Out go the grapes, tomatoes (sob) and stone fruit. Grab the swan song of plums while you can – we get so many stunning varieties in Perth – from bright red, to purple and green, they are in my opinion, become even more spectacular when baked. I like the blood ones. The scarlet hue becomes more intense, more fleshy when cooked. With heat the fruit transforms into jewels of apple, rhubarb and fairy floss and the harsh tartness is more sweet than sour. Perfect for a muffin.

 

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~*~

 

Plum and Oat Muffins

The savoury kibble-like texture of oats goes nicely with the soft pieces of cooked plum. Otherwise substitute with the same amount of flour.

Makes 6 jumbo/Texas sized muffins or 8 regular muffins

5 medium plums
260g all purpose flour
50g rolled oats
150g caster sugar
3 tsp baking powder
1/2 tsp bicarb of soda
pinch of salt
200ml milk (soured with a little lemon juice or vinegar)
1 tsp vanilla essence
2 eggs
100g butter, melted
1 tbsp raw sugar, for topping (optional)
1 tbsp oats, for topping (optional)

 

Preheat oven to 180°C. Line the muffin tin with cases.

Peel each plum – I use a potato peeler and don’t worry about any bits of skin left on. Cut the stones out and cut the flesh into rough chunks, saving some for topping the muffins.

In a medium bowl, whisk together the flour, rolled oats, caster sugar, baking powder, bicarb of soda and salt. Add the plum pieces and toss to coat in the flour mixture. In a jug, beat together the milk, vanilla essence, eggs and butter. Add to the flour mixture.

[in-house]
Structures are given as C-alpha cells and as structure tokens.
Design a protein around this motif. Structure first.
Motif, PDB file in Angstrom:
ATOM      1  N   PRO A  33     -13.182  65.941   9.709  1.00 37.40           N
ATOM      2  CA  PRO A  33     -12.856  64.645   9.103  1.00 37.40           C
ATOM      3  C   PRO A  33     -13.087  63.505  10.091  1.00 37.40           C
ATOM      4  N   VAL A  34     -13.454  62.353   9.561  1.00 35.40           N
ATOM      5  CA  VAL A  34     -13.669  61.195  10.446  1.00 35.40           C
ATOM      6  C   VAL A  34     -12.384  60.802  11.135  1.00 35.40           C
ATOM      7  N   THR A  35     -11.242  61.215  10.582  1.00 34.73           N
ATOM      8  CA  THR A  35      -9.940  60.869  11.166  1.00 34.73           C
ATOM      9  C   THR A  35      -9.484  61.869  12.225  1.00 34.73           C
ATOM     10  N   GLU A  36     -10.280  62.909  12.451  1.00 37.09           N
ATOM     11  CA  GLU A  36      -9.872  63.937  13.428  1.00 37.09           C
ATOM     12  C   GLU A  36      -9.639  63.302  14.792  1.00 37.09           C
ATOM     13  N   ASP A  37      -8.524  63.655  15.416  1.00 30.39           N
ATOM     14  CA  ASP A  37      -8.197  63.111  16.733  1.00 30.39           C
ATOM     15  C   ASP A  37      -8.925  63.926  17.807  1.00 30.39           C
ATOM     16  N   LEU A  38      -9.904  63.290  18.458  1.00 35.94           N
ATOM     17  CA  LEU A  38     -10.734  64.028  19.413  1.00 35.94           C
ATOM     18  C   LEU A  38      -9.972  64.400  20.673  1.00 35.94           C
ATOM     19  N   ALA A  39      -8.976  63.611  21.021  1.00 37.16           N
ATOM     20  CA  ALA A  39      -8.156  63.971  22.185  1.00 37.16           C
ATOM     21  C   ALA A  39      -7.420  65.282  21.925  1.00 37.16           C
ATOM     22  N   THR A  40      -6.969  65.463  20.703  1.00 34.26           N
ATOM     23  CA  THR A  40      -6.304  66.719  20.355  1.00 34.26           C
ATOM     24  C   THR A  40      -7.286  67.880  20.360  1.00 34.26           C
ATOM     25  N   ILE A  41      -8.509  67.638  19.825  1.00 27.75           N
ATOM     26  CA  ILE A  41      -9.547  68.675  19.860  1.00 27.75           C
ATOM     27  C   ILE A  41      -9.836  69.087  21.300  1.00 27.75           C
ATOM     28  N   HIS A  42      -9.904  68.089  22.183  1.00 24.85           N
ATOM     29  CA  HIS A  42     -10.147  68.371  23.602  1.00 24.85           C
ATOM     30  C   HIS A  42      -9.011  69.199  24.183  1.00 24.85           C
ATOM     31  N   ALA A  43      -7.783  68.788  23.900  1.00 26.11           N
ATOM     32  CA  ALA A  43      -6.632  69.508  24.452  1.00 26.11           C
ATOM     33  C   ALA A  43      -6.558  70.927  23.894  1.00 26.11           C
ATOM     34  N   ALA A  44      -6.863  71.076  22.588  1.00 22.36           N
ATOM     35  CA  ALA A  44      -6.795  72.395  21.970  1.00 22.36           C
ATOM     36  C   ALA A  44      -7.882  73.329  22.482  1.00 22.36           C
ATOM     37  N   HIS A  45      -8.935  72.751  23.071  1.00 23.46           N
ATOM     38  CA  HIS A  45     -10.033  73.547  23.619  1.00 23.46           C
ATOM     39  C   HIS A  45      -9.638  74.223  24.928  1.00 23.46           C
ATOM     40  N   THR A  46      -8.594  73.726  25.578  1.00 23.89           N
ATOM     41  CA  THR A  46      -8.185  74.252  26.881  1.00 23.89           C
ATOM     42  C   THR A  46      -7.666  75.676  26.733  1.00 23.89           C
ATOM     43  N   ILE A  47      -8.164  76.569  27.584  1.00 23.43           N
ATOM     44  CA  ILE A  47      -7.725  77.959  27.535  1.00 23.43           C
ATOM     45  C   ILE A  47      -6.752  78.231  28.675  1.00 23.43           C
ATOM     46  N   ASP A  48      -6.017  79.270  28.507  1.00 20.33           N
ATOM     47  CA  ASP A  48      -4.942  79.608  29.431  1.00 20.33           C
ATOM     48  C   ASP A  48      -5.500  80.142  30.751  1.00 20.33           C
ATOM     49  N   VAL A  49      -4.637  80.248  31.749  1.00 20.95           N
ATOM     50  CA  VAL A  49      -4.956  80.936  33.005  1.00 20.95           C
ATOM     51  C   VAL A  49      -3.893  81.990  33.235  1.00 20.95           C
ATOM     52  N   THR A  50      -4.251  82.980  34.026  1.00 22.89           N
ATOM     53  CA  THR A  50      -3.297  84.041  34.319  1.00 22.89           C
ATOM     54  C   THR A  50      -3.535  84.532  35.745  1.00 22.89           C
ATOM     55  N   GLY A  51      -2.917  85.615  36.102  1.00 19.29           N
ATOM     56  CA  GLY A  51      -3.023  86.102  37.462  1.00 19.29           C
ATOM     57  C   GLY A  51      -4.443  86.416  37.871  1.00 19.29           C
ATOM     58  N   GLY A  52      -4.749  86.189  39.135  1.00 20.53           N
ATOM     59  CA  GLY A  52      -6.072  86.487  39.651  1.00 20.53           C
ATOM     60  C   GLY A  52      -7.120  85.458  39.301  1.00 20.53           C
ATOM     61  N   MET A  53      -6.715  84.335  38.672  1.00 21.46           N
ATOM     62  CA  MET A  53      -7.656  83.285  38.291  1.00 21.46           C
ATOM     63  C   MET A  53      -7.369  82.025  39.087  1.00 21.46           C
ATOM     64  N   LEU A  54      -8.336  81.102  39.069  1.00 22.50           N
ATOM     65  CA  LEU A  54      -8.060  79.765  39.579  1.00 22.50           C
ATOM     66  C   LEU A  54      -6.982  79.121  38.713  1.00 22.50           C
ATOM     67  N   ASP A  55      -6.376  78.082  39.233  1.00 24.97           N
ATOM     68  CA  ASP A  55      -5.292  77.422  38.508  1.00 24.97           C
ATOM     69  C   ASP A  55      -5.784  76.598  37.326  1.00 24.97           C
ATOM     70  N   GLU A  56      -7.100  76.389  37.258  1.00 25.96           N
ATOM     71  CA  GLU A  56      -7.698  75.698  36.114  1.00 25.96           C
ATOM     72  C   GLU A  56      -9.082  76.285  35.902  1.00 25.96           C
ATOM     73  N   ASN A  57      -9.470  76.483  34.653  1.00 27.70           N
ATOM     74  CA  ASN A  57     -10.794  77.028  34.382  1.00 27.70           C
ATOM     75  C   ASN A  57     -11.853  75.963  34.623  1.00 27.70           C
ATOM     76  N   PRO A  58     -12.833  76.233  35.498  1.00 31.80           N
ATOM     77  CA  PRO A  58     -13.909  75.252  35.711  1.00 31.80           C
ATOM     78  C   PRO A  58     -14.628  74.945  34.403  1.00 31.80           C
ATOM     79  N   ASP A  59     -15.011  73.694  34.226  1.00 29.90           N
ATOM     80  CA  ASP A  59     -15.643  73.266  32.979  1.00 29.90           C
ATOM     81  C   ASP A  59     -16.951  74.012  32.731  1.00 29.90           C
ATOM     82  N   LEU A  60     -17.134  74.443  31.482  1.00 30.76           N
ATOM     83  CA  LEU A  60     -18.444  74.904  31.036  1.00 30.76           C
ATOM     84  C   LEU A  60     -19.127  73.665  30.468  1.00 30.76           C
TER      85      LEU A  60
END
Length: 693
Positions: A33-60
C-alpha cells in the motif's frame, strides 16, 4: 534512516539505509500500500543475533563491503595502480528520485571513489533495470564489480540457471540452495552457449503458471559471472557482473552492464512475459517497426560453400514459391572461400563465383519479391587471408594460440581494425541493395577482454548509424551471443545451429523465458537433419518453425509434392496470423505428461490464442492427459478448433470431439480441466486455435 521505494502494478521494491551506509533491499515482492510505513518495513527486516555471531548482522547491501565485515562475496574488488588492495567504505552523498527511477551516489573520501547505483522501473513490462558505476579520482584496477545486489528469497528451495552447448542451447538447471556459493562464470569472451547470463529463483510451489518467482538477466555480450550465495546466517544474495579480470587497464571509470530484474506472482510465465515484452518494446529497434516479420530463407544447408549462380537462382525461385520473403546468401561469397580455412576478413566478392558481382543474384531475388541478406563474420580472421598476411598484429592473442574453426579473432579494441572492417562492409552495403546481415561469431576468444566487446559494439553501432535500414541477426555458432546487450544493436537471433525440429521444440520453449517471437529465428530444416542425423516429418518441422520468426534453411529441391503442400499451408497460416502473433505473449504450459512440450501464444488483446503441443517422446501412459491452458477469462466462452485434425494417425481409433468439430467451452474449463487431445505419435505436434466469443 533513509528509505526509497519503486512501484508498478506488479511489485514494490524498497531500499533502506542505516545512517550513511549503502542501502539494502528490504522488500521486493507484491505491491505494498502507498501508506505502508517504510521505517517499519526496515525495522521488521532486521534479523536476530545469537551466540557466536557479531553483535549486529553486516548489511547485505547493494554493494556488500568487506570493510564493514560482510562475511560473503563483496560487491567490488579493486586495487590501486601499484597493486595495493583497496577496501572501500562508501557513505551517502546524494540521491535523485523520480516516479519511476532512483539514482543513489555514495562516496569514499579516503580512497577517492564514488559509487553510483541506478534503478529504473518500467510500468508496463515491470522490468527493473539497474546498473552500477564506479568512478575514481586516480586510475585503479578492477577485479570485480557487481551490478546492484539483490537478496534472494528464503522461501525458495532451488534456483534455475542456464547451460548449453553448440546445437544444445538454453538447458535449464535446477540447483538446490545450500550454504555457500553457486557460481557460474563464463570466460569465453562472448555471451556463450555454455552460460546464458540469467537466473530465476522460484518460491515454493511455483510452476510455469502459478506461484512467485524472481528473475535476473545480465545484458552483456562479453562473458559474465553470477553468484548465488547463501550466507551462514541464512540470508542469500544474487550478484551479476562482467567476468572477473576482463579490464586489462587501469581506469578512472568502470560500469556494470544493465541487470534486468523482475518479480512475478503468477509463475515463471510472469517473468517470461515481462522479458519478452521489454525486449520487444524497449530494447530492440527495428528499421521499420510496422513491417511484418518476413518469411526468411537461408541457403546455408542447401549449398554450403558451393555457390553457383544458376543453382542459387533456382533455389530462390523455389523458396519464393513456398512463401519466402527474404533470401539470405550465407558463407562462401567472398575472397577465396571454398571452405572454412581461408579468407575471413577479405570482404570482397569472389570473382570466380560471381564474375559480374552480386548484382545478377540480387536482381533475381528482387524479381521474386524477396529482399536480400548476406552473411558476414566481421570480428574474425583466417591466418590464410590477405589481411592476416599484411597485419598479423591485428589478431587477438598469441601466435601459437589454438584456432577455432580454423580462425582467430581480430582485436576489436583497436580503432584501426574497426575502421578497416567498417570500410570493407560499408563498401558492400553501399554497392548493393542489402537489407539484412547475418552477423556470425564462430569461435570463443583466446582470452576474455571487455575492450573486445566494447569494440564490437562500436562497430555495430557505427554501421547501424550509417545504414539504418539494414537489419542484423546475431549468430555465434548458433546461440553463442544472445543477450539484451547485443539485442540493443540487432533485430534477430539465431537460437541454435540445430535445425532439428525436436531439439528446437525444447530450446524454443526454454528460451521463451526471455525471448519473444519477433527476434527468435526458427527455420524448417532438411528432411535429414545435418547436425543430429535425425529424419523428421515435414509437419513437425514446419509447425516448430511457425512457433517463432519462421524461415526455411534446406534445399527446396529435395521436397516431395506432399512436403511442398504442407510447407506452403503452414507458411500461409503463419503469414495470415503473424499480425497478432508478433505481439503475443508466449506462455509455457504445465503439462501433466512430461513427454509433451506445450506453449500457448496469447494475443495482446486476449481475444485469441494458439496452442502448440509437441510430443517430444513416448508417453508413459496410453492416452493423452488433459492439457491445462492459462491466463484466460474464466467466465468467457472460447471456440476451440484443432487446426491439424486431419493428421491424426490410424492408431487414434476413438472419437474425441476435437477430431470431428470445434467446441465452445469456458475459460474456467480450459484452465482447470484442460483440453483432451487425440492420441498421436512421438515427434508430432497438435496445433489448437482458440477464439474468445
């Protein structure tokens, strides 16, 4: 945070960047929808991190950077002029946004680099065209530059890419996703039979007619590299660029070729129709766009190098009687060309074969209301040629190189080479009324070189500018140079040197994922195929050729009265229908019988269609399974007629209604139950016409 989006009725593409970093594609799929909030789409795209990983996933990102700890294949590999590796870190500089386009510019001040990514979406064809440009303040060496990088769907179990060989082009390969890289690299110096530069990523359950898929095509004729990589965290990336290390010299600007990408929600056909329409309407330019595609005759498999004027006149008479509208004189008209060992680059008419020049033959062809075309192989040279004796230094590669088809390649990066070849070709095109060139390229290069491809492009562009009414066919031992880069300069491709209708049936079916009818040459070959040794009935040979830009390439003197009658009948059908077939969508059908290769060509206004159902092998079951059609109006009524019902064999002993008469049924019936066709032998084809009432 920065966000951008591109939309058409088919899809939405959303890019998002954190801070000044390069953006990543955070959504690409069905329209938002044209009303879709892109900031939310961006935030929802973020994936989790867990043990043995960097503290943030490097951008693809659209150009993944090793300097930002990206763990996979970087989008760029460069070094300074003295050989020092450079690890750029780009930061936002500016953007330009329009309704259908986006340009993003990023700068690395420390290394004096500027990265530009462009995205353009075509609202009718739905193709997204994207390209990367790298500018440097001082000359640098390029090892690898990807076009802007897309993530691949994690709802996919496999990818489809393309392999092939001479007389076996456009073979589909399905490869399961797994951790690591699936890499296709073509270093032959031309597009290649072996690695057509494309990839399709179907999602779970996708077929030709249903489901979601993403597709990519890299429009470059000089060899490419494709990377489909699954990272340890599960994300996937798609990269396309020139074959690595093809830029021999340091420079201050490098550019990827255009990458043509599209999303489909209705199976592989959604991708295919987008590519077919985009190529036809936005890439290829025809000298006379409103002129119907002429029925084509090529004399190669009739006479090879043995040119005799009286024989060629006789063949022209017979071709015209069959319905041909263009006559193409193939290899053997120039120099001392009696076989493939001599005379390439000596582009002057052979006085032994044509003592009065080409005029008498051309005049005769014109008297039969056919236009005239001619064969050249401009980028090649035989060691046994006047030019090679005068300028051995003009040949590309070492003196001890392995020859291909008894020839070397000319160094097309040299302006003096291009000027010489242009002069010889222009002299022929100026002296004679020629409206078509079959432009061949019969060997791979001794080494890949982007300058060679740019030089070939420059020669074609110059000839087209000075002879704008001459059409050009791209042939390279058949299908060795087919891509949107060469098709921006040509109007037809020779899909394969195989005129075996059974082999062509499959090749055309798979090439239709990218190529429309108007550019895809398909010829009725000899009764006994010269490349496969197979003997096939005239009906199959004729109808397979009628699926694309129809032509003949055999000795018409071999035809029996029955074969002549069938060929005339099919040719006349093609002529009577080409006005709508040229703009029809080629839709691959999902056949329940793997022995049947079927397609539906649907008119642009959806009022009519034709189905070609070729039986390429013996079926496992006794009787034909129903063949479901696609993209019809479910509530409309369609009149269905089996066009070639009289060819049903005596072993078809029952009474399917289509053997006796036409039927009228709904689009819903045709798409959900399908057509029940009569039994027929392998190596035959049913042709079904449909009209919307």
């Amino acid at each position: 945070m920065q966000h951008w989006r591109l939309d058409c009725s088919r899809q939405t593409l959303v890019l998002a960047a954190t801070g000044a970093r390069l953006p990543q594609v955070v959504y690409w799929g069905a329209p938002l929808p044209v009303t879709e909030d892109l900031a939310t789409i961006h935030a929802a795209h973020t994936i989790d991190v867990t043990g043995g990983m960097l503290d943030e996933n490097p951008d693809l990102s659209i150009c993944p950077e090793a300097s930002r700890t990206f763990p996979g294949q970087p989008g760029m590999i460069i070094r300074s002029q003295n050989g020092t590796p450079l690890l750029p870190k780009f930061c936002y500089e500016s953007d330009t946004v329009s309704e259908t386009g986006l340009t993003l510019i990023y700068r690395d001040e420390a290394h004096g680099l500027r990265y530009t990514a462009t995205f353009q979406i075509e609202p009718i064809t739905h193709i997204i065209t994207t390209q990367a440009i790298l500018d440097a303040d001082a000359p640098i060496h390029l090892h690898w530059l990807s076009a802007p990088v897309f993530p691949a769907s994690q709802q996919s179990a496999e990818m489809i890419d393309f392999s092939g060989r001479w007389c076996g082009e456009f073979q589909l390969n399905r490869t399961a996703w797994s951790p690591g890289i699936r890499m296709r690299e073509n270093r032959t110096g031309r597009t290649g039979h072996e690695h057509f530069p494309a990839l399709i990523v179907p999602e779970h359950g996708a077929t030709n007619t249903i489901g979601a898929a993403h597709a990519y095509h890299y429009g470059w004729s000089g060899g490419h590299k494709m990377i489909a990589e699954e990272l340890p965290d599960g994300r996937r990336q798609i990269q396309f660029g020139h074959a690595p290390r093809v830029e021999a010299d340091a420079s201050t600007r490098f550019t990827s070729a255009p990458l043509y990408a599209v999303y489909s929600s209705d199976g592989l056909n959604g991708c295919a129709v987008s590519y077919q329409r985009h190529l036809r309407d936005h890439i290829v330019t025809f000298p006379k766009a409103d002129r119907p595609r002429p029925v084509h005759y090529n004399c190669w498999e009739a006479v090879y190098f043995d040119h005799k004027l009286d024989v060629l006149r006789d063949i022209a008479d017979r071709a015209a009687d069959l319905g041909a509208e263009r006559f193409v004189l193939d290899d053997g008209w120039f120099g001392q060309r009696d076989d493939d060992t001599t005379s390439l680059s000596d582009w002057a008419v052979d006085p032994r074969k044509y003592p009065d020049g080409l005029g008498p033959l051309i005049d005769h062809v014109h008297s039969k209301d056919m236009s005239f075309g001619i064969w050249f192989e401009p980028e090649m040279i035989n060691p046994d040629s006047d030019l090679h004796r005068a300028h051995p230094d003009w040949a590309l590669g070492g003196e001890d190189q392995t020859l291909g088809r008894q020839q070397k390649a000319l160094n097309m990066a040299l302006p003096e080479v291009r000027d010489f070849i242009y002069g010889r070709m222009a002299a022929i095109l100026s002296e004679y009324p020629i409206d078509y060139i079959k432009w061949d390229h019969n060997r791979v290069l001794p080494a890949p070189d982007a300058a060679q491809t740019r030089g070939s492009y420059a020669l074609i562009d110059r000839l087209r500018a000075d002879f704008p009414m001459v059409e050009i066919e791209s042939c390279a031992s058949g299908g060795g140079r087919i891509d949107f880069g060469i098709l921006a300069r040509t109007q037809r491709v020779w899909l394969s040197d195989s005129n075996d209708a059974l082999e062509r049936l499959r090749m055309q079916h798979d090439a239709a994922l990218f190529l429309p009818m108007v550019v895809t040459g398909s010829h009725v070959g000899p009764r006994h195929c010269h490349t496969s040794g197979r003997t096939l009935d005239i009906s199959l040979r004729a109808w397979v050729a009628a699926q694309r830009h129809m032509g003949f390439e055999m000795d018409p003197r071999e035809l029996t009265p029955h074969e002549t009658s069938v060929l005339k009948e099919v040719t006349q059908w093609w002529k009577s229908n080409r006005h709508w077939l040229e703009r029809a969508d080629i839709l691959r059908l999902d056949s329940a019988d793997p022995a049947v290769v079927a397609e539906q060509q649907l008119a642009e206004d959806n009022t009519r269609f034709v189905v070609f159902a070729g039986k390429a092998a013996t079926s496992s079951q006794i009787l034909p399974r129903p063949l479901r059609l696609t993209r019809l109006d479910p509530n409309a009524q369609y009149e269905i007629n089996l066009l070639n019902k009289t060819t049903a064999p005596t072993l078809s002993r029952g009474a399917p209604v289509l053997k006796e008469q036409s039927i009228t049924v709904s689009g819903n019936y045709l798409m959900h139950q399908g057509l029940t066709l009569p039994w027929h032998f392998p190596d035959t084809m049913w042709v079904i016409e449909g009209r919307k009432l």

Gently fold from the bottom of the bowl over the top, until streaks of flour are barely visible.

Immediately scoop into the muffin cases and top with saved plum slices. Sprinkle over the raw sugar and oats and pop into the oven. Bake for 25 to 30 minutes or when a skewer comes out clean.

~*~

 

 
 

nara & uji

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Nara is definitely worth visiting as a daytrip out of Kyoto. It’s a sentiment that both locals and tourists share, judging by the huge mass of people descending the stairs to catch the train to Nara. The rickety train pulls in, we hop on and promptly pull out snack looted from the combini. The train journeys are half the fun in Japan. Nara’s an hour from Kyoto and on the way the landscape graduates from neat suburbia to bamboo forests leaning out, stretching to the sky.

Nara Park is vast and freely roamed by deer that are thought to be messengers of Shinto gods. The deer are super cute (kawaiii!) and crazy for the deer friendly senbei crackers that can be bought throughout the park. They nudge, stare and even nibble at you to get at the crackers.